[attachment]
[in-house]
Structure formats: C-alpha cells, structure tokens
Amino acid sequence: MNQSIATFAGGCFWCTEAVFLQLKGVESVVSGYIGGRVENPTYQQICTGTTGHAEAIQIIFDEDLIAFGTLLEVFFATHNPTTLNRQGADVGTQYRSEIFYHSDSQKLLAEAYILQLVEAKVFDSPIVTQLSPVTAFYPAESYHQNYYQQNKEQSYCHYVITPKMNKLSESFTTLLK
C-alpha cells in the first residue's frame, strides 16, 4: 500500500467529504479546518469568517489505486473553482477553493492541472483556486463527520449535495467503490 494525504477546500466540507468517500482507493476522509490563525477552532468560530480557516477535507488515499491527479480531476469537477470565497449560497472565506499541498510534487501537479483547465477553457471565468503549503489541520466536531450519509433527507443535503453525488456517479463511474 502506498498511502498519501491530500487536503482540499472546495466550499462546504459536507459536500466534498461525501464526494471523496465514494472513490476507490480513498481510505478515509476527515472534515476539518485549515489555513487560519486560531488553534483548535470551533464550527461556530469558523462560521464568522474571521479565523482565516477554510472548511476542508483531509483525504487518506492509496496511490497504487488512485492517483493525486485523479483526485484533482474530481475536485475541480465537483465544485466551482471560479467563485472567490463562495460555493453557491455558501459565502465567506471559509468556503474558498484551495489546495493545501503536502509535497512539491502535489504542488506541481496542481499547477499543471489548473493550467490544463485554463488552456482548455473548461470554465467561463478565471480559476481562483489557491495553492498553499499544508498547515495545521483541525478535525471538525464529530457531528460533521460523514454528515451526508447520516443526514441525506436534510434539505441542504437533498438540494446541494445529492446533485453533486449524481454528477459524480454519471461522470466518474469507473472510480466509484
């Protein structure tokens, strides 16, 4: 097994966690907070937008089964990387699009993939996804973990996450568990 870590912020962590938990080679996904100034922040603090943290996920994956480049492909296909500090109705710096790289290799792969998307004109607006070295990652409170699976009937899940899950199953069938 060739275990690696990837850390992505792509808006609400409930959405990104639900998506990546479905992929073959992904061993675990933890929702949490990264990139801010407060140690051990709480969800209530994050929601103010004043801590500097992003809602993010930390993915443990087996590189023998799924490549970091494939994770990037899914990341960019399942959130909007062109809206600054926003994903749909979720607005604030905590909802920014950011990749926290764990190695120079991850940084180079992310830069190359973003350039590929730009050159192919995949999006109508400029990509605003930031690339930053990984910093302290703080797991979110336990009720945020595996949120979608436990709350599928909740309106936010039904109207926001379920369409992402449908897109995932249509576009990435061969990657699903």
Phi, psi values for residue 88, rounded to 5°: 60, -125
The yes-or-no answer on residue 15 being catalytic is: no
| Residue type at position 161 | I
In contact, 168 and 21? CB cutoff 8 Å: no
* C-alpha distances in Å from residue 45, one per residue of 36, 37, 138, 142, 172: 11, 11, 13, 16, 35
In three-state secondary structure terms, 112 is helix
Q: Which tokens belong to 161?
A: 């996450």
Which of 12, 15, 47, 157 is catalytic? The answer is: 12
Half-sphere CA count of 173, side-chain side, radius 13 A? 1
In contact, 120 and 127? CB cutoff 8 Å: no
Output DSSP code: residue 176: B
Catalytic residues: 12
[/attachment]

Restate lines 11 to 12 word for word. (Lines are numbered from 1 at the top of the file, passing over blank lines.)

In three-state secondary structure terms, 112 is helix
Q: Which tokens belong to 161?